Countering terrorism in the shadows: The role of private security and military companies
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School of International Relations, University of New York in Prague, Czech Republic
Iveta Hlouchova   

School of International Relations, University of New York in Prague, Londynska 41, 10200 Prague, Czech Republic
Submission date: 2020-09-15
Final revision date: 2020-11-23
Acceptance date: 2020-11-24
Online publication date: 2020-12-19
Publication date: 2020-12-30
Security and Defence Quarterly 2020;31(4):155–169
The article identifies the main features of the PSMCs’ involvement in counterterrorism operations and outlines what their future involvement might look like with its implications for international peace and security. The main methods used to gather data and to draw inferences are a content analysis of relevant primary and secondary sources, and a discourse analysis, used as a method of examining the prevailing discourse surrounding the activities of PSMCs, seeking to understand the level of transparency, accountability and attributability of these actors. So far, the PSMCs’ potential for counterterrorism has not been fully exploited. There are many challenges surrounding the existence and operations of PSMCs, mainly lack of transparency and accountability, the continuous significance of the plausible deniability and political expediency PSMCs provide to nation governments, and an insufficient and inadequate international regulatory and control framework with no sanction or enforcement mechanisms. Most recently, the tendency to re-legitimise PSMCs’ activities can be identified. There will most probably be an expansion of PSMCs’ activities in the near future, as climate change consolidates security as a commodity, not a right. Therefore, there is a renewed urgency for adequate and effective international regulatory and control mechanisms on their activities on the international level.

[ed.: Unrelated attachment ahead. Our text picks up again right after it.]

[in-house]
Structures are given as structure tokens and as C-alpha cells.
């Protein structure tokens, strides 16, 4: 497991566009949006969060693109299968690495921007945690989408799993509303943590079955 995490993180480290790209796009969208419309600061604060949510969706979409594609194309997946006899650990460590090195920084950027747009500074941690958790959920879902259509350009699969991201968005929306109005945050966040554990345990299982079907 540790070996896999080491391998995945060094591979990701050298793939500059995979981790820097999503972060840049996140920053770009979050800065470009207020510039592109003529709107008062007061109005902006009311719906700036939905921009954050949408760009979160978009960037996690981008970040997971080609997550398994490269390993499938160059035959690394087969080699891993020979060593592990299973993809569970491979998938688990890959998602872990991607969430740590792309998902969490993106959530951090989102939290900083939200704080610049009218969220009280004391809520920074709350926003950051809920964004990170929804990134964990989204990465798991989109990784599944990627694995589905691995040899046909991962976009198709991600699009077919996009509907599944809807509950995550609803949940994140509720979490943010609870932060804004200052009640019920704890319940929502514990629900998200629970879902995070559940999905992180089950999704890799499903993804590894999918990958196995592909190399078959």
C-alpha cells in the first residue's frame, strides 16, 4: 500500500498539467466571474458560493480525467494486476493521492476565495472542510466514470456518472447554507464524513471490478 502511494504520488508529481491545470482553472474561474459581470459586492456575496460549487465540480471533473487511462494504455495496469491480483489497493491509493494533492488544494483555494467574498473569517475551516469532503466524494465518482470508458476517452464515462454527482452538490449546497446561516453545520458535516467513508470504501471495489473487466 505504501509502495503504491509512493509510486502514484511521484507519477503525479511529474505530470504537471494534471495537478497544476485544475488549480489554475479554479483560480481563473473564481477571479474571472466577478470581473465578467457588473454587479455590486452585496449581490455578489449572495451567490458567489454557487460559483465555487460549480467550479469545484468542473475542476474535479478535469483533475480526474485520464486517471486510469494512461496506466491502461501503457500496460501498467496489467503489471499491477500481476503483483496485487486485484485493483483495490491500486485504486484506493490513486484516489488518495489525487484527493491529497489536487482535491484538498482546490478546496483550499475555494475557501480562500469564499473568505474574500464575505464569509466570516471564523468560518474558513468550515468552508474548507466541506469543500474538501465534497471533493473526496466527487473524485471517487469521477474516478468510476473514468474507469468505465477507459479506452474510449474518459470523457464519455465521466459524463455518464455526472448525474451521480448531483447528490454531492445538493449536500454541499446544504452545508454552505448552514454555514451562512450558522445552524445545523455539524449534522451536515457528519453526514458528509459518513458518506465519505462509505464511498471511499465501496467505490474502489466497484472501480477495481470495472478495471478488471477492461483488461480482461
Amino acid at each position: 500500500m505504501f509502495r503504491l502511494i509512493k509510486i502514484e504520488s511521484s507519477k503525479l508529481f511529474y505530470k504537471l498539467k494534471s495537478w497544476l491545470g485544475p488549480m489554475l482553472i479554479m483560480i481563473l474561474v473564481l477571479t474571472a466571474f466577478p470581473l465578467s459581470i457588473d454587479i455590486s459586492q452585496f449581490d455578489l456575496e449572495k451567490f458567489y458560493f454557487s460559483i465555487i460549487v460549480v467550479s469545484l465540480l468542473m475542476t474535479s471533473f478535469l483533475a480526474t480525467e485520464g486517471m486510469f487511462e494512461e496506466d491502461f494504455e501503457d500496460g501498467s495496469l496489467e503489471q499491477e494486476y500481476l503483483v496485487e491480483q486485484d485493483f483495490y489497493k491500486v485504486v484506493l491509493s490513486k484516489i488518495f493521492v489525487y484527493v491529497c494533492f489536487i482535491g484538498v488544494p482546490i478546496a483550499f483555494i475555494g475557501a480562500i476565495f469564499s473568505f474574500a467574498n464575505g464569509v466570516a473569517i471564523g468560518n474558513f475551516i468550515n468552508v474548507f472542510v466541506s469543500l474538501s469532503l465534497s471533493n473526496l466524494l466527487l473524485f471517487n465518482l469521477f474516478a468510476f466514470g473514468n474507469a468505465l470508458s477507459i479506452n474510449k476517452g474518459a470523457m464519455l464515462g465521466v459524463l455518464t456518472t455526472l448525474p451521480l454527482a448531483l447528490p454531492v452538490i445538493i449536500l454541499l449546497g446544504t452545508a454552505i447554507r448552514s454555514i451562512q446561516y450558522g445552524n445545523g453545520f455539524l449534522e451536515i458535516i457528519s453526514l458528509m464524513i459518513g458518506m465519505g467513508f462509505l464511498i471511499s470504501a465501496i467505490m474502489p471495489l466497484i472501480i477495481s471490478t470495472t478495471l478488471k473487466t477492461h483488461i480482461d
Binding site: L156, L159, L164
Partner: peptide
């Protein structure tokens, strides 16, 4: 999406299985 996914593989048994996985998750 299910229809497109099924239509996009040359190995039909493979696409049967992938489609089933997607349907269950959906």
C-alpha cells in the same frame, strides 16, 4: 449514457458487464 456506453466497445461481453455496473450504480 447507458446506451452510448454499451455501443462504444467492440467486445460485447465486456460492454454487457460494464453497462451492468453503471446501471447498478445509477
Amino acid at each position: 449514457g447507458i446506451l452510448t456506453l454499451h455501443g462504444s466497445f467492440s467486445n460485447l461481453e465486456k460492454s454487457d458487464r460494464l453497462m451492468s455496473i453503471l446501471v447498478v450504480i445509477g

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Introduction to the Special Issue ‘Proxy forces in modern warfare’
Cyprian Kozera, Cüneyt Gürer
Security and Defence Quarterly